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flying ghost zipline

DIY Flying Axworthy Ghost for Halloween

On October 10, 2017

In Halloween

flying ghost zipline

DIY Flying Axworthy Ghost for Halloween-Video

I’ve always wanted a ghost that would fly throughout my haunts, and last year I finally got my wish!!

The Axworthy ghost is basically a suspended pulley track above the ground that you can fly a ghost from.  I built mine out of old bike wheels attached to conduit that was pounded into the ground.

All of the guests at my haunted Halloween party were awestruck as they watched this ghostly spirit silently float throughout the quiet graves.  Then, without a sound, would return to the party, hovering high above their heads…it was a hit to say the least!

flying ghost zipline

DIY Flying Axworthy Ghost for Halloween Tutorial

Want to print out this tutorial without the ads?

Click here to download my  DIY Flying Axworthy Ghost PDF Printable Tutorial  for only $5!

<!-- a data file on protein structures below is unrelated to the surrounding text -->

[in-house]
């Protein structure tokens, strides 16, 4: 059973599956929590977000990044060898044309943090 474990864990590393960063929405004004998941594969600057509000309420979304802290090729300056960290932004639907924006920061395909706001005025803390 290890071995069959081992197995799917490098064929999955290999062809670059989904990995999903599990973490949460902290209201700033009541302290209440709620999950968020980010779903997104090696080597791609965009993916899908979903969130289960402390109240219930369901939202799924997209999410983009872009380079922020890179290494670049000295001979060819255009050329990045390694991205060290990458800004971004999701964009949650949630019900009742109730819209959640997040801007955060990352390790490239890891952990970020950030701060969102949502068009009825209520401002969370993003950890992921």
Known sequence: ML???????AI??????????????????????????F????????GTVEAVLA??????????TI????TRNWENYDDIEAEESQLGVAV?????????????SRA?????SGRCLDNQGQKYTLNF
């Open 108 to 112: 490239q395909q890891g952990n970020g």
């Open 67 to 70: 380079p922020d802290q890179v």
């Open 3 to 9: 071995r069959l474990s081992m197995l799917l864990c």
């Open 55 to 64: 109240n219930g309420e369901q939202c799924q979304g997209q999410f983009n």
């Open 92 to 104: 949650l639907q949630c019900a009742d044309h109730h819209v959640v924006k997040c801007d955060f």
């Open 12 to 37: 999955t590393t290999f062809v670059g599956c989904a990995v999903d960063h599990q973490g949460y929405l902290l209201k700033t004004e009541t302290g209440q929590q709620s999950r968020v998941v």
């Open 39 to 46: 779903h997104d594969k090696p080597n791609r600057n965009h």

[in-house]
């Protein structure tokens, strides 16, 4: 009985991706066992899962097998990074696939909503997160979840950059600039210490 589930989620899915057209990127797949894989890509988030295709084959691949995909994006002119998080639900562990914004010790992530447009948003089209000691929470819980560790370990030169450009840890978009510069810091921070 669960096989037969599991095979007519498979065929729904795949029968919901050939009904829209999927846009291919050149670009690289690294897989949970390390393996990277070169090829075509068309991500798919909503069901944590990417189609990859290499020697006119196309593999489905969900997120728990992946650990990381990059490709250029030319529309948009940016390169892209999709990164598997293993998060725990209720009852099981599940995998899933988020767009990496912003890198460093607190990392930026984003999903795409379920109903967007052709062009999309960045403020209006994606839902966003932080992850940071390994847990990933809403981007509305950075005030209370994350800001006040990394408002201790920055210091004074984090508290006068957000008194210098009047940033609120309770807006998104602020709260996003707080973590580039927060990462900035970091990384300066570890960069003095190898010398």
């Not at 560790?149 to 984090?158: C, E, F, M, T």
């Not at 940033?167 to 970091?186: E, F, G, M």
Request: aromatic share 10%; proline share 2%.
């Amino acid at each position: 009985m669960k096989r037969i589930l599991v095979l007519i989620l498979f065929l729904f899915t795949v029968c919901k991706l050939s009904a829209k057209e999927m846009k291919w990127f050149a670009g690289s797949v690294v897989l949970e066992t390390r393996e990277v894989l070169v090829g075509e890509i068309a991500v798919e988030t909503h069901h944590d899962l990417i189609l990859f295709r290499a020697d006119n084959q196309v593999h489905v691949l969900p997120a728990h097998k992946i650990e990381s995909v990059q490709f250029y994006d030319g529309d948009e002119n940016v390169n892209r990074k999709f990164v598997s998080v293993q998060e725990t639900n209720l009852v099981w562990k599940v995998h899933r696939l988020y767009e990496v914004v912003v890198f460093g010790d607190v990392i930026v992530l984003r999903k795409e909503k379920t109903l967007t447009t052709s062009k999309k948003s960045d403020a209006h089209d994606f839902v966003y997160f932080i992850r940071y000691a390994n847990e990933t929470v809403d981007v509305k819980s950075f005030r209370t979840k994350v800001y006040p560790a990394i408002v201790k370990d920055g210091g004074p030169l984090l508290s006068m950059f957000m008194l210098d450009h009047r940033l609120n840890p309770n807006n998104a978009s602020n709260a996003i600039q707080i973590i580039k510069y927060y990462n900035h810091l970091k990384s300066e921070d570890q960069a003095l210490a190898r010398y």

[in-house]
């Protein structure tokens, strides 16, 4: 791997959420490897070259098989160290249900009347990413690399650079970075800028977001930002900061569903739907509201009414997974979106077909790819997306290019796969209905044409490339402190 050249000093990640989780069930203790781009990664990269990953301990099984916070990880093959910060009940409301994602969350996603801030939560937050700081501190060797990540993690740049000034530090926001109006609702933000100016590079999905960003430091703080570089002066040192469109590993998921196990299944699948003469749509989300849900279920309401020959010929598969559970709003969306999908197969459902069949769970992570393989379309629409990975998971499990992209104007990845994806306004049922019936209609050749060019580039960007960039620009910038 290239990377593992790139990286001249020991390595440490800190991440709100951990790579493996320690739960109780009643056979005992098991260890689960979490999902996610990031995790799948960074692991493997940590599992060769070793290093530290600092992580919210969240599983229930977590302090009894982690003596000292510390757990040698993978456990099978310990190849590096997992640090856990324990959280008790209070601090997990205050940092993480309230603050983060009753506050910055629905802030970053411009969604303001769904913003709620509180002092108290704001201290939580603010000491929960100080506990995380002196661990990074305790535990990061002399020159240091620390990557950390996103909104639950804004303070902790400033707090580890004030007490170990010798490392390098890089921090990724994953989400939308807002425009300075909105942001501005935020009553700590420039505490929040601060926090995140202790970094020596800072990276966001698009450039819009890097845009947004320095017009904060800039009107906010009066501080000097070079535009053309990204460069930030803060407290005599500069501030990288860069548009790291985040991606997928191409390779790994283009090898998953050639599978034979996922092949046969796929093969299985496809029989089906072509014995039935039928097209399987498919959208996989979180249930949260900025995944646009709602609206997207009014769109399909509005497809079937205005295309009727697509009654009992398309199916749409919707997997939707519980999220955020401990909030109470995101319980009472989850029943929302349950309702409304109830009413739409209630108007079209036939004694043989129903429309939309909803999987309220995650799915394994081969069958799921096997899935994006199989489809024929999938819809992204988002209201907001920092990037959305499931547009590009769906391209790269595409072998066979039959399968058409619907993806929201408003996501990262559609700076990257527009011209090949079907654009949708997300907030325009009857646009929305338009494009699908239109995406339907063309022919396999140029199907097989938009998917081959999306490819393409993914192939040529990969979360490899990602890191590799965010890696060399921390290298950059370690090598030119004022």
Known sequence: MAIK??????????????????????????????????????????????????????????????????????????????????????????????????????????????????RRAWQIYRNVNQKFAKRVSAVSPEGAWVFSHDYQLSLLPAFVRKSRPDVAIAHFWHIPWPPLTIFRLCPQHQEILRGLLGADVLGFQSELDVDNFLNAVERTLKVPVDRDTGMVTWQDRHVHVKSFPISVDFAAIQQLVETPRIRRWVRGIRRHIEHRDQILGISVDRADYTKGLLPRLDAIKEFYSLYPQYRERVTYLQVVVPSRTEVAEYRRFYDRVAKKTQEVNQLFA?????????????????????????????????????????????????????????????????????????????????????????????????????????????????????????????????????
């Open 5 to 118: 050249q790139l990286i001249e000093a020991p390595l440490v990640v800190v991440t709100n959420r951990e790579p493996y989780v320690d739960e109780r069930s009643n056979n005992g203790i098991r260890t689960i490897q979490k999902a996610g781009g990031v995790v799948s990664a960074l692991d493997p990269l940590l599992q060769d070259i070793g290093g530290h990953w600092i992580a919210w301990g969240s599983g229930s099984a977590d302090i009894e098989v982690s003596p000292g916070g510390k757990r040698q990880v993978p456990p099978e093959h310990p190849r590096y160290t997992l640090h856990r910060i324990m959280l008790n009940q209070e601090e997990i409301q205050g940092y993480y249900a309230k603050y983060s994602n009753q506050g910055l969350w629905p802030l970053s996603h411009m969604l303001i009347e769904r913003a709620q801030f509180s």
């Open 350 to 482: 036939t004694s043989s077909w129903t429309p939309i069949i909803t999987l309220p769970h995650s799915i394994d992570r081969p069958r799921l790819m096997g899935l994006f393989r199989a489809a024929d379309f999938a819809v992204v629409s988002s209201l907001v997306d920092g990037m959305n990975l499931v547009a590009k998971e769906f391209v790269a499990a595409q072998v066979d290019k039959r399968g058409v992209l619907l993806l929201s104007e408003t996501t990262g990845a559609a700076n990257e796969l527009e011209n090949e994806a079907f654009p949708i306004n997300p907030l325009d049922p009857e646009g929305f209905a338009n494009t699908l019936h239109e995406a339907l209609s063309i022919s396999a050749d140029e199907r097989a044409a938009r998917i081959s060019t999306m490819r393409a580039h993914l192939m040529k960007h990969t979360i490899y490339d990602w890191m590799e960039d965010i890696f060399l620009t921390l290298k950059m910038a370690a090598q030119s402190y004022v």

Putting the Motor Together

We used an old hand drill (bought at goodwill) that we attached to a simple homemade platform (made from 2in wide flat strap welded together) to run the whole pulley system

flying ghost zipline

Here’s a closer look at the motor in action:

  • Approx. 6ft of 2in wide flat strap
  • One old hand drill (this will be the motor)
  • One adult sized bike wheel (Smaller bike wheels work, but they tend the whip the ghost around the turn faster than a larger wheel does)
  • One Variable speed controller  (to control the speed of the motor)
  • Bondo resin (You’ll also need hardener drops to mix with the resin to harden.  This usually comes with the resin when you buy it)
  • Welder (any kind)